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A scoping review about conference objectives and evaluative practices: how do we get more out of them?


Large multi-day conferences have often been criticized as ineffective ways to improve social outcomes and to influence policy or practice. Unfortunately, many conference evaluations have also been inadequate in determining the impact of a conference on its associated social sector, with little evidence gathered or analyzed to substantiate or refute these criticisms. The aim of this scoping review is to investigate and report stakeholders’ objectives for planning or participating in large multi-day conferences and how these objectives are being evaluated. We conducted a scoping review supplemented by a small number of key informant interviews. Eight bibliographic databases were systematically searched to identify papers describing conference objectives and/or evaluations. We developed a conference evaluation framework based on theoretical models and empirical findings, which structured the descriptive synthesis of the data. We identified 3,073 potential papers for review, of which 44 were included in this study. Our evaluation framework connects five key elements in planning a conference and its evaluation (number in brackets refers to number of themes identified): conference objectives (8), purpose of evaluation (7), evaluation methods (5), indicators of success (9) and theories/models (8). Further analysis of indicators of success identified three categories of indicators with differing scopes (i.e. immediate, prospective or follow-up) as well as empirical links between the purpose of evaluations and these indicators. Conference objectives and evaluations were largely correlated with the type of conference (i.e. academic, political/governmental or business) but diverse overall. While much can be done to improve the quality and usefulness of conference evaluations, there are innovative assessments that are currently being utilized by some conferences and warrant further investigation. This review provides conference evaluators and organizers a simple resource to improve their own assessments by highlighting and categorizing potential objectives and evaluation strategies.

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Billions of dollars are spent on large multi-day conferences every year in the hope that bringing together different stakeholders will foster collaboration and more broadly improve social outcomes [1]. Given the complexity of some of the issues discussed at these large multi-day conferences, many organizers have struggled to establish clear objectives for their conferences and ultimately, how their conferences will influence policy and practice [2, 3]. Furthermore, most conferences lack comprehensive evaluation strategies and as a result, their success based on pre-determined objectives is rarely captured [4, 5]. This has led numerous stakeholders to question the usefulness of such large, expensive and time-consuming conferences [3, 6, 7] and the quality of the associated evaluations [8]. However, before the effectiveness of these large multi-day conferences can be determined, we must first establish what the objectives of large conferences are, as defined by their stakeholders, and how they are being evaluated.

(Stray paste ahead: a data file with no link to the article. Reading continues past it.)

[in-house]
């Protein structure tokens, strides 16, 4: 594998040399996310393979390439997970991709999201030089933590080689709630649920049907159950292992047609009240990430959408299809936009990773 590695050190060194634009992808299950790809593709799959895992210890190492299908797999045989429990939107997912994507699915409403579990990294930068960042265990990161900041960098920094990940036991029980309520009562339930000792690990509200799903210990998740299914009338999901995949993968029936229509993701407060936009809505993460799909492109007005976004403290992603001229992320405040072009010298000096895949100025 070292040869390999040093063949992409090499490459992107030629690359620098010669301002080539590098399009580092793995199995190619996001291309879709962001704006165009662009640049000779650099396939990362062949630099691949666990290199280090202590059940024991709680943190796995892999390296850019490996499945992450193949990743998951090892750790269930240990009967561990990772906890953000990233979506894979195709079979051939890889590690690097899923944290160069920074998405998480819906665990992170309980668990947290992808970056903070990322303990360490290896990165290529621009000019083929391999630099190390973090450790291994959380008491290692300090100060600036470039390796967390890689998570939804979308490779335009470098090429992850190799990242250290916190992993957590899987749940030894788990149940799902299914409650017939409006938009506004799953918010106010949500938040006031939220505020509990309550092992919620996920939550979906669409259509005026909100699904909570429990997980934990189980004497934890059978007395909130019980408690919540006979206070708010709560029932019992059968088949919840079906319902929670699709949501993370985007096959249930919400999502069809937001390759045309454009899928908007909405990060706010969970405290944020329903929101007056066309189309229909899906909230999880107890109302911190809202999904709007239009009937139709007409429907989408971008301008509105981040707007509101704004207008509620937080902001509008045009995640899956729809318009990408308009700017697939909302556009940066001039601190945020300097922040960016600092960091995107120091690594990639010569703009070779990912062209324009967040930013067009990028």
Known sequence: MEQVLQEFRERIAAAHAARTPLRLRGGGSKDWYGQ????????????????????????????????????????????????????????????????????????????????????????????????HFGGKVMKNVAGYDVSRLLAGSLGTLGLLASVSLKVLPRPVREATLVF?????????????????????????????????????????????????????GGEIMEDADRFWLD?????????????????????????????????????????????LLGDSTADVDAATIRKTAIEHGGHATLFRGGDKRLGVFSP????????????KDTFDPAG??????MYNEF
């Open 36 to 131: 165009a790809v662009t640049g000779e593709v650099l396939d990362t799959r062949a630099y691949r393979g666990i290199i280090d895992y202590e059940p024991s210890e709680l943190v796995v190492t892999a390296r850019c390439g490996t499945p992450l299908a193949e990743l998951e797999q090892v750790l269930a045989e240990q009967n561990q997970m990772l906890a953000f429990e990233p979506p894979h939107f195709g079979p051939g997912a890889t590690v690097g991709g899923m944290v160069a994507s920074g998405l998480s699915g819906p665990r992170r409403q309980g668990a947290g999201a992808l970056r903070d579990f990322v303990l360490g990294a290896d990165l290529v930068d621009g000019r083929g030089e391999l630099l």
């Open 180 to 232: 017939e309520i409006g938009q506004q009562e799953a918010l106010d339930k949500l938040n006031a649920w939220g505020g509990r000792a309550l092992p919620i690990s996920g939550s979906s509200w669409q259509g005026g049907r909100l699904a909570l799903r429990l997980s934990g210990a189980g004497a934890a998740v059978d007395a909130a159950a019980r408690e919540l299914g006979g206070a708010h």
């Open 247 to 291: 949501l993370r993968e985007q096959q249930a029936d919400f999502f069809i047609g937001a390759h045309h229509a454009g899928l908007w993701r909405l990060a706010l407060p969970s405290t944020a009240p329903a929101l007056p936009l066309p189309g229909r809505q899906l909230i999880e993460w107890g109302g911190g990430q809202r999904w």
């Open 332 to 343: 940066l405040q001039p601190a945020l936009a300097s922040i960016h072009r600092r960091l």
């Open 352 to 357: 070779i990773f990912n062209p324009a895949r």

While there is a fair amount of research on the impact of smaller educational meetings, including a Cochrane systematic review [9], the study designs (randomized controlled trials (RCTs) or non-randomized controlled trials) that are typically employed by these types of evaluations may not always be feasible for large multi-day conferences. Though RCTs may provide robust conclusions regarding the effects of large conferences on social sector outcomes, political and fiscal imperatives may preclude randomization, as conference attendance often requires an invitation or abstract submission as well as adequate finances. The considerable size (sometimes thousands of attendees) and variance in the country of origin of participants also makes follow-up of outcomes logistically difficult. Finally, the budget allocated to conference evaluations is usually minimal, preventing the use of relatively expensive controlled trials (as opposed to end-of-conference surveys). Consequently, there is a significant need for robust, published research to improve the quality and effectiveness of conference evaluations [10, 11].